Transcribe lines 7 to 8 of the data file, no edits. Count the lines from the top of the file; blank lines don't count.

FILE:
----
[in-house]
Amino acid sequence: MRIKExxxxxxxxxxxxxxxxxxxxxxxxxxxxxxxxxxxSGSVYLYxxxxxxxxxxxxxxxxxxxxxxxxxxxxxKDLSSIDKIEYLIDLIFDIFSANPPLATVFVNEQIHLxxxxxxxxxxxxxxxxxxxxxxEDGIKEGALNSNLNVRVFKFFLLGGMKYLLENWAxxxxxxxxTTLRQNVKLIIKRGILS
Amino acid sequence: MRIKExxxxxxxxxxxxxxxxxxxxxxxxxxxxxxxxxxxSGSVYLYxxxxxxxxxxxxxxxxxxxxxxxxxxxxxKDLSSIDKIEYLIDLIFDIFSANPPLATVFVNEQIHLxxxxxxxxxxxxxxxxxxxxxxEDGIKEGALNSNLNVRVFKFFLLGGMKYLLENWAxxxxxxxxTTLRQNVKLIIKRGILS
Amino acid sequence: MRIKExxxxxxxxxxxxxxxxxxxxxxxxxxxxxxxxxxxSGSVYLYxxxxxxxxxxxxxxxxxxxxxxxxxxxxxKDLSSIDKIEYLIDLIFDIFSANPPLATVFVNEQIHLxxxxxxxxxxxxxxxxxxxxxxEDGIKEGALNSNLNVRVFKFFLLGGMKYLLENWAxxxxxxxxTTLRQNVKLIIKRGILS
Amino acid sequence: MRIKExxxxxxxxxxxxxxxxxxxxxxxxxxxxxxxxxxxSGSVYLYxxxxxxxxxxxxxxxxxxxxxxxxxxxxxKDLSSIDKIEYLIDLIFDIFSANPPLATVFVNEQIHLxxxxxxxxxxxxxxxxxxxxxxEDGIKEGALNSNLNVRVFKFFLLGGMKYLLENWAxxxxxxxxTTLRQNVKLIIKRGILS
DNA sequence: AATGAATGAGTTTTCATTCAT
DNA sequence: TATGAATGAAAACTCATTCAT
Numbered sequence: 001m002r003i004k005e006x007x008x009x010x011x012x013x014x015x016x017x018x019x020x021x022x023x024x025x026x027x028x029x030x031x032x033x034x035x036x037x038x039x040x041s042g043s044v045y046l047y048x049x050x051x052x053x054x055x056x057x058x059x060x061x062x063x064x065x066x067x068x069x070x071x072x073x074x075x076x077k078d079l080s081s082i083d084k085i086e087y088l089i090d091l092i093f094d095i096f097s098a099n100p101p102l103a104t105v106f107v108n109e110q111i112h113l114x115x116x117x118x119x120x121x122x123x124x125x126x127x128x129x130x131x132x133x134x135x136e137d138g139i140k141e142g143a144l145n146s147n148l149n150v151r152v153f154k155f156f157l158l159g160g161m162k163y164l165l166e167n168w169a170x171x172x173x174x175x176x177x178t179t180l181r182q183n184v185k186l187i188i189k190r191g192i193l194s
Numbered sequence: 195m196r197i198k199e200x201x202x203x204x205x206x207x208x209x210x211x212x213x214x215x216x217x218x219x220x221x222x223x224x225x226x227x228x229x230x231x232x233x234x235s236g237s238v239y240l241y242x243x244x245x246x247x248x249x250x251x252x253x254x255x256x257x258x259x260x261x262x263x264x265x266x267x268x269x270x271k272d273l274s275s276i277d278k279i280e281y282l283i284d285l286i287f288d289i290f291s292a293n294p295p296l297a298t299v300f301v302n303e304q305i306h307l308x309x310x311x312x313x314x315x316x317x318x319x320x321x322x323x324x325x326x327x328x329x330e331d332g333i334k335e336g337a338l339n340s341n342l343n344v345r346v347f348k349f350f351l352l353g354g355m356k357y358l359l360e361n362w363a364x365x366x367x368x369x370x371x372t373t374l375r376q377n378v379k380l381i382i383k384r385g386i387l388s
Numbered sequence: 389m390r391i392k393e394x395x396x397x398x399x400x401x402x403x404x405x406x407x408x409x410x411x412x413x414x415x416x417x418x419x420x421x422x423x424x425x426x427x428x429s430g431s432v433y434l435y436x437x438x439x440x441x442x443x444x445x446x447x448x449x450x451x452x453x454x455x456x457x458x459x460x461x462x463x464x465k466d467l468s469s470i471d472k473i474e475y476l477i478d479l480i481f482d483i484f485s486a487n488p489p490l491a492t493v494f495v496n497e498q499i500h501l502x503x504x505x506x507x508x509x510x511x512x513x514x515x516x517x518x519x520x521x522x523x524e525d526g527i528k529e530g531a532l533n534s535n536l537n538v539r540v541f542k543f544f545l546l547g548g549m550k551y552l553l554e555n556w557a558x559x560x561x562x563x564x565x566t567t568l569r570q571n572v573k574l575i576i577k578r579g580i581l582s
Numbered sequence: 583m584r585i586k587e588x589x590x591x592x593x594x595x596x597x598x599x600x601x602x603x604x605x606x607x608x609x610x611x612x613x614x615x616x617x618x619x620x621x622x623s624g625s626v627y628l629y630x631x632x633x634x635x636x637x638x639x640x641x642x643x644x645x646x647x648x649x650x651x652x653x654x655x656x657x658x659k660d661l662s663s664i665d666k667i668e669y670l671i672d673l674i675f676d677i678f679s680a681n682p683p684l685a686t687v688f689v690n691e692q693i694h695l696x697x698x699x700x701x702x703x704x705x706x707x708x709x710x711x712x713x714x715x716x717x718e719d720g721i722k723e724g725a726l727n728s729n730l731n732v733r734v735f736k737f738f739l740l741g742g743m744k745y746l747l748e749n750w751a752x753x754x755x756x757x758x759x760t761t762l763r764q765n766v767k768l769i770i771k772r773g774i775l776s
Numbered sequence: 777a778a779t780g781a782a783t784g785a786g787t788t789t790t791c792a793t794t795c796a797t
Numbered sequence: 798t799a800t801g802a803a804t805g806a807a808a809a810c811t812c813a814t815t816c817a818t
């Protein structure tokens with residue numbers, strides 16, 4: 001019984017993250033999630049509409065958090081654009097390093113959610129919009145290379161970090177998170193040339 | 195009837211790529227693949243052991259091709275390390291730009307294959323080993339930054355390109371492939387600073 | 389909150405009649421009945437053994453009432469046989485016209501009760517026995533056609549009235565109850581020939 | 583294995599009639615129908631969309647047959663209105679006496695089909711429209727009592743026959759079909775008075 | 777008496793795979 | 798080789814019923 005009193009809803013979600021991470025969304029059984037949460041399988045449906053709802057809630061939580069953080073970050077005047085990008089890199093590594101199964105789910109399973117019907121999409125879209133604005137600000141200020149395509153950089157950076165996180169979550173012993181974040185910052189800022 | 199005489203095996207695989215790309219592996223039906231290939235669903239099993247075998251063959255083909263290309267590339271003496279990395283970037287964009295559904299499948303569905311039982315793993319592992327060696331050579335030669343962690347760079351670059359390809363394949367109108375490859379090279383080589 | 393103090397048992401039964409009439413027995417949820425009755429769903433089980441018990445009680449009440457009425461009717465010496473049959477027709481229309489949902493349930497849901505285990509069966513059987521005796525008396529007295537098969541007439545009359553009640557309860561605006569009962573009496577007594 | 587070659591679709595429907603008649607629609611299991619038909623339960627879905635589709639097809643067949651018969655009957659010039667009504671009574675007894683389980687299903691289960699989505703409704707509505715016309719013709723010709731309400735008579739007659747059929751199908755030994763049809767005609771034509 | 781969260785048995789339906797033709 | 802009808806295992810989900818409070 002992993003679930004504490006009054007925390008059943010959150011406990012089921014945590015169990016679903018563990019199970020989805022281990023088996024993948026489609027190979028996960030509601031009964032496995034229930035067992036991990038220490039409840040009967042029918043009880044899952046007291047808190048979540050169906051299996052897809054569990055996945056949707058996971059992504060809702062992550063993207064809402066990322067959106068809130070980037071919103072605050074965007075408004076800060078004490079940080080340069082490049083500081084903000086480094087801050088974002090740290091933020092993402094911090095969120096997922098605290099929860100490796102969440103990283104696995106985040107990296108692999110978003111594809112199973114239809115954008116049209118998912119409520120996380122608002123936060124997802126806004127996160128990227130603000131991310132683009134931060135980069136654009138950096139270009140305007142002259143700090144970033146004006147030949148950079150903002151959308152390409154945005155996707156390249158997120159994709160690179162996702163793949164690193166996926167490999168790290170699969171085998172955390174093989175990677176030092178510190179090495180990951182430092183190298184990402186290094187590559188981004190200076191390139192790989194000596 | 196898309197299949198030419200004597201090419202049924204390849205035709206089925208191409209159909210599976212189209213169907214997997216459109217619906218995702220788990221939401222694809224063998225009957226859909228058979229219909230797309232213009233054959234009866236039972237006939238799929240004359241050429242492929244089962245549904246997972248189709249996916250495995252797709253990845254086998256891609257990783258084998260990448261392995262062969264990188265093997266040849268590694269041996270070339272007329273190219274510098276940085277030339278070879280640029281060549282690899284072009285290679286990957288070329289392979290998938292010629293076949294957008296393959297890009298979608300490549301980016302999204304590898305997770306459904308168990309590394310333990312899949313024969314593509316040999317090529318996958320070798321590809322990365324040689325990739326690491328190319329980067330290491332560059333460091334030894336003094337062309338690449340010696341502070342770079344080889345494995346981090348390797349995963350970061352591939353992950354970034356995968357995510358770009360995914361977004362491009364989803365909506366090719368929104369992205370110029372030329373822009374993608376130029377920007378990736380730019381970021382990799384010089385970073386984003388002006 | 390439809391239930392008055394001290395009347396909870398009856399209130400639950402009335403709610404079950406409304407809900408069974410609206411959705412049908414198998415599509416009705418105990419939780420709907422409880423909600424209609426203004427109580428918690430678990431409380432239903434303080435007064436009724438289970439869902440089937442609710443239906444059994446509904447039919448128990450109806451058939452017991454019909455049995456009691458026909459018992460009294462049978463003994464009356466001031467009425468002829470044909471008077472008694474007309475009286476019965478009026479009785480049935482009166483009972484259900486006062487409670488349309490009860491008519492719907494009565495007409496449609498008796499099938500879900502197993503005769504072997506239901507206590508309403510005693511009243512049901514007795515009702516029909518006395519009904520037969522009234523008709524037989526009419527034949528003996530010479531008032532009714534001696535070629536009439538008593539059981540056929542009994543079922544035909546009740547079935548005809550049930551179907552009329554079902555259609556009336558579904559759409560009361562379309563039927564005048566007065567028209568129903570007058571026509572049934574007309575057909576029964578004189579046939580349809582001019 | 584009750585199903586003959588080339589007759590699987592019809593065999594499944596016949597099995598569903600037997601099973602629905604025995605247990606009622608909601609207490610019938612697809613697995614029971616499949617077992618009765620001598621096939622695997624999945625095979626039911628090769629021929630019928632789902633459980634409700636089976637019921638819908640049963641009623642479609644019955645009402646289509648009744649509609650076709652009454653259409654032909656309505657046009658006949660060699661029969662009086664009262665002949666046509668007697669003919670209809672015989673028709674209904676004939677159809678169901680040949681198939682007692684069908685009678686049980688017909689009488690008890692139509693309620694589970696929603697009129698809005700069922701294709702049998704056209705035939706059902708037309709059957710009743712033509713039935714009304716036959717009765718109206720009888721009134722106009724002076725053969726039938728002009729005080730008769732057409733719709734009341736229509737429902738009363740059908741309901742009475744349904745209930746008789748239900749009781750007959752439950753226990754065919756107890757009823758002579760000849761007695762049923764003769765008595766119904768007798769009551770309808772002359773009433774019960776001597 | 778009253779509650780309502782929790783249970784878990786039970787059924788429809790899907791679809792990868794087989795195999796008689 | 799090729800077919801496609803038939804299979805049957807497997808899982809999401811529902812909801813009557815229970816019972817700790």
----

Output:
DNA sequence: TATGAATGAAAACTCATTCAT
Numbered sequence: 001m002r003i004k005e006x007x008x009x010x011x012x013x014x015x016x017x018x019x020x021x022x023x024x025x026x027x028x029x030x031x032x033x034x035x036x037x038x039x040x041s042g043s044v045y046l047y048x049x050x051x052x053x054x055x056x057x058x059x060x061x062x063x064x065x066x067x068x069x070x071x072x073x074x075x076x077k078d079l080s081s082i083d084k085i086e087y088l089i090d091l092i093f094d095i096f097s098a099n100p101p102l103a104t105v106f107v108n109e110q111i112h113l114x115x116x117x118x119x120x121x122x123x124x125x126x127x128x129x130x131x132x133x134x135x136e137d138g139i140k141e142g143a144l145n146s147n148l149n150v151r152v153f154k155f156f157l158l159g160g161m162k163y164l165l166e167n168w169a170x171x172x173x174x175x176x177x178t179t180l181r182q183n184v185k186l187i188i189k190r191g192i193l194s